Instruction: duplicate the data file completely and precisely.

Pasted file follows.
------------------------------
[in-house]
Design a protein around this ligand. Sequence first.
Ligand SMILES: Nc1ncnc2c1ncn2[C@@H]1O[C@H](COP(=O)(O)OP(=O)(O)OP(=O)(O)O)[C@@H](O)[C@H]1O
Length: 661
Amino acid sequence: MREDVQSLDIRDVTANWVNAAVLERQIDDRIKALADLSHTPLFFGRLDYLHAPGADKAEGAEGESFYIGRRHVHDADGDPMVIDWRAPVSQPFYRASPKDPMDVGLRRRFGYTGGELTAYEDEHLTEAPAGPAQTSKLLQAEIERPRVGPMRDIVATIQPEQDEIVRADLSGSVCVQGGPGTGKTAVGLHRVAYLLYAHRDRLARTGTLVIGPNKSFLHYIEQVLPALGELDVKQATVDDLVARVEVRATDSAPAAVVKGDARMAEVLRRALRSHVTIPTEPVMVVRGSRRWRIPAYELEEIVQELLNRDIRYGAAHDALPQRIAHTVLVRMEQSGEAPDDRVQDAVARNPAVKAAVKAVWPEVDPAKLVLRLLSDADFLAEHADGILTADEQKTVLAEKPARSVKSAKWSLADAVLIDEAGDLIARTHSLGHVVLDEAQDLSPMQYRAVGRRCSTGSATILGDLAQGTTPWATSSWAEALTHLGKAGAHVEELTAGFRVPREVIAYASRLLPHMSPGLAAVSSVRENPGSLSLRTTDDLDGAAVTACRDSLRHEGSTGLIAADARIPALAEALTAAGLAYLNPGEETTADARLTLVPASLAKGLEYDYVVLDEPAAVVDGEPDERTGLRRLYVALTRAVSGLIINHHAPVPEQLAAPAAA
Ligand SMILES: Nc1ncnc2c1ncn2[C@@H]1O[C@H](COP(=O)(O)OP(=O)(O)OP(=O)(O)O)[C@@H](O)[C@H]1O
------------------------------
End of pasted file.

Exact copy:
[in-house]
Design a protein around this ligand. Sequence first.
Ligand SMILES: Nc1ncnc2c1ncn2[C@@H]1O[C@H](COP(=O)(O)OP(=O)(O)OP(=O)(O)O)[C@@H](O)[C@H]1O
Length: 661
Amino acid sequence: MREDVQSLDIRDVTANWVNAAVLERQIDDRIKALADLSHTPLFFGRLDYLHAPGADKAEGAEGESFYIGRRHVHDADGDPMVIDWRAPVSQPFYRASPKDPMDVGLRRRFGYTGGELTAYEDEHLTEAPAGPAQTSKLLQAEIERPRVGPMRDIVATIQPEQDEIVRADLSGSVCVQGGPGTGKTAVGLHRVAYLLYAHRDRLARTGTLVIGPNKSFLHYIEQVLPALGELDVKQATVDDLVARVEVRATDSAPAAVVKGDARMAEVLRRALRSHVTIPTEPVMVVRGSRRWRIPAYELEEIVQELLNRDIRYGAAHDALPQRIAHTVLVRMEQSGEAPDDRVQDAVARNPAVKAAVKAVWPEVDPAKLVLRLLSDADFLAEHADGILTADEQKTVLAEKPARSVKSAKWSLADAVLIDEAGDLIARTHSLGHVVLDEAQDLSPMQYRAVGRRCSTGSATILGDLAQGTTPWATSSWAEALTHLGKAGAHVEELTAGFRVPREVIAYASRLLPHMSPGLAAVSSVRENPGSLSLRTTDDLDGAAVTACRDSLRHEGSTGLIAADARIPALAEALTAAGLAYLNPGEETTADARLTLVPASLAKGLEYDYVVLDEPAAVVDGEPDERTGLRRLYVALTRAVSGLIINHHAPVPEQLAAPAAA
Ligand SMILES: Nc1ncnc2c1ncn2[C@@H]1O[C@H](COP(=O)(O)OP(=O)(O)OP(=O)(O)O)[C@@H](O)[C@H]1O